Lobelia erinus is commonly grown in window boxes or around the edges of gardens as an edging plant.
It’s got thin basal leaves and deep blue, purple, or white flowers.
The plant is native to South Africa and was first cultivated in the 1600s.
It’s become a popular choice for gardens around the world, resulting in hundreds of hybrids.
Lobelia erinus, pronounced [low-BEE-lee-a EAR-rin-us], belongs to the family Campanulaceae. The plant has a few common names, including:
- Edging lobelia
- Garden lobelia
- Trailing lobelia
There are also two main varieties — a long, trailing plant and a shorter, compact variety.
No matter which is grown, it’s an easy plant to care for and produces a mass of small colorful flowers.
Lobelia Erinus Care
Size and Growth
The edging lobelia is the shorter of the two main types.
It rarely grows more than 6″ inches high while the trailing habit lobelia can produce leggy growth up to 12″ inches.
Lobelia has thin leaves and delicate stems but may spread a couple of feet, making it great for edging borders.
Flowering and Fragrance
The plant blooms in the summer, producing hundreds of little white, pink, purple, violet or blue flowers with white eyes.
There are also many hybrids offering various shades and flower colors.
Bloom time runs from early summer until mid-fall.
Light and Temperature
The garden lobelia needs full sun or partial shade and mild temperatures.
It’s winter hardy to USDA hardiness zones 10 and 11 but it’s mostly grown as an annual in the cooler regions.
If protected against freezing temperatures, it can be grown as a perennial, continuing to grow the following summer.
Watering and Feeding
The plant should receive regular watering and feeding throughout the summer to help produce fuller blooms.
If it’s planted in the garden, water the plant twice per week and feed every two weeks. For container plants, water every during the warmer months.
In the winter, don’t feed and limit watering.
Soil and Transplanting
Garden lobelia grows best in rich soil that offers fast drainage. If grown as an annual, the plant doesn’t need transplanting.
When keeping the plant over winter, add fresh soil or transplant in the spring.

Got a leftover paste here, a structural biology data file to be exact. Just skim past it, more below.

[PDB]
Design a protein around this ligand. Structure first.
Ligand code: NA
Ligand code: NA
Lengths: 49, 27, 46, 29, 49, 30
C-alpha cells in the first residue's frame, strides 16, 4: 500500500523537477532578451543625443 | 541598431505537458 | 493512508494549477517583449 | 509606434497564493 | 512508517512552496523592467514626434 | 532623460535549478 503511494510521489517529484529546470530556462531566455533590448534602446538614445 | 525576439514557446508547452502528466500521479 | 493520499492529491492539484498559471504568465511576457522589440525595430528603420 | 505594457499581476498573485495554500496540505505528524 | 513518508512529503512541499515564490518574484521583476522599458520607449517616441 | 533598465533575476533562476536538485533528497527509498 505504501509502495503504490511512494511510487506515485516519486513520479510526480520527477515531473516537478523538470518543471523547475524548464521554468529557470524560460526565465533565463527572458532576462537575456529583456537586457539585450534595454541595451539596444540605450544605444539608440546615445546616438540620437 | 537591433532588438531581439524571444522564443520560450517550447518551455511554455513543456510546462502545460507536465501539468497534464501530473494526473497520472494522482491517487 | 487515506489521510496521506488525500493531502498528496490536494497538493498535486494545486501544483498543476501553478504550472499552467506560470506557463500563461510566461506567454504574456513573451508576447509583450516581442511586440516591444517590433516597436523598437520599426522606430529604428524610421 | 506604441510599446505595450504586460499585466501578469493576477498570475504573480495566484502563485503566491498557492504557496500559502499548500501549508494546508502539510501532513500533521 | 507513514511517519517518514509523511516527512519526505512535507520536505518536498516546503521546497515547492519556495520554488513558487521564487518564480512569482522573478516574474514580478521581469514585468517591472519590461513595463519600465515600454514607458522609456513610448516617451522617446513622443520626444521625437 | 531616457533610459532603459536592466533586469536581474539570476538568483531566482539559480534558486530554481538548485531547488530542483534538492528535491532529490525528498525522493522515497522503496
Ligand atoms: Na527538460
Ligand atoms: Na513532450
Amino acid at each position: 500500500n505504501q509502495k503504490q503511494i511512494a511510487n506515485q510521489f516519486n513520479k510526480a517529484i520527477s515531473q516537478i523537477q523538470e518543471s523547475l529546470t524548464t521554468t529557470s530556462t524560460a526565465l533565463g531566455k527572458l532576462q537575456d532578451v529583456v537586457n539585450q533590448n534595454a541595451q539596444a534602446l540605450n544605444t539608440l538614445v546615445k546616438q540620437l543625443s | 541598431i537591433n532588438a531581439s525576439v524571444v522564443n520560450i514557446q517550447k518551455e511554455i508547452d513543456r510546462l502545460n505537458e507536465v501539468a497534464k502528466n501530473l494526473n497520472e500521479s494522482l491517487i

Grooming & Maintenance
If the plant is kept outdoors during extremely warm weather, it may stop flowering. When this occurs, trim back the stems and give the plant a thorough watering.
How to Propagate Lobelia Erinus
The plant may be propagated with cuttings or seeds. As it’s typically grown as an annual, collecting the seeds is the easiest way to keep the plant year after year.
Sow the seeds at room temperature or about 70 degrees Fahrenheit. It should take close to two weeks for the seeds to germinate.
NOTE: The seeds will germinate at lower temperatures but it takes much longer.
Use small pots or starter trays to sow the seeds on top of propagating soil. Sow in early spring and wait about one month before thinning seedling out into different pots.
When repotting, use rich, well-drained soil. Leave the plants in place until the end of spring when they can be transplanted into outdoor containers or gardens.
Propagating with cuttings requires planning. In the early fall, move the mother plant to a cool area of the house or yard. It should be below 70 degrees Fahrenheit most of the day.
Ensure that the plant gets plenty of light but limit the watering until February. Move the plant to a warmer spot and wait for the growth to start.
When the plant starts actively growing, trim a few stems and plant them in sandy soil or pure sand.
Keep the young plants in bright light and avoid overwatering. After they take root, transplant them into rich soil, the same as the soil used for the mother plant.
The new plants should flower around the start of the summer.
Erinus Lobelia Pests or Diseases
Lobelia erinus plants are toxic. The toxins in the leaves, stems, and flowers may be harmful to pets and humans.
Cats and dogs especially should be kept away from the plant.
Besides keeping pets and children away from the plant, a lack of water and spider mites are the main issues to worry about.
As mentioned, Lobelia plants may stop flowering in the summer.
This is often due to dry conditions from excessive heat but it can also be caused by underwatering. Cut the plant back and give it plenty of water.
Eggs and larvae are signs of red spider mite infestations.
The leaves of annual Lobelia may also start to turn brown or bronze before falling off as the mites take nutrition from the plant.
Mist the plant with cold water to help prevent attacks or stop minor infestations. If the problem gets severe, try using insecticide.
Suggested Uses For Blue Lobelia
The trailing Lobelia erinus variety looks great growing in hanging baskets or window box.
The edging variety works well for edging around garden beds or tubs, massed as a ground cover, used in rock gardens or bring color to a small balcony.
With either variety, consider planting taller plants behind the lobelia for a fuller look.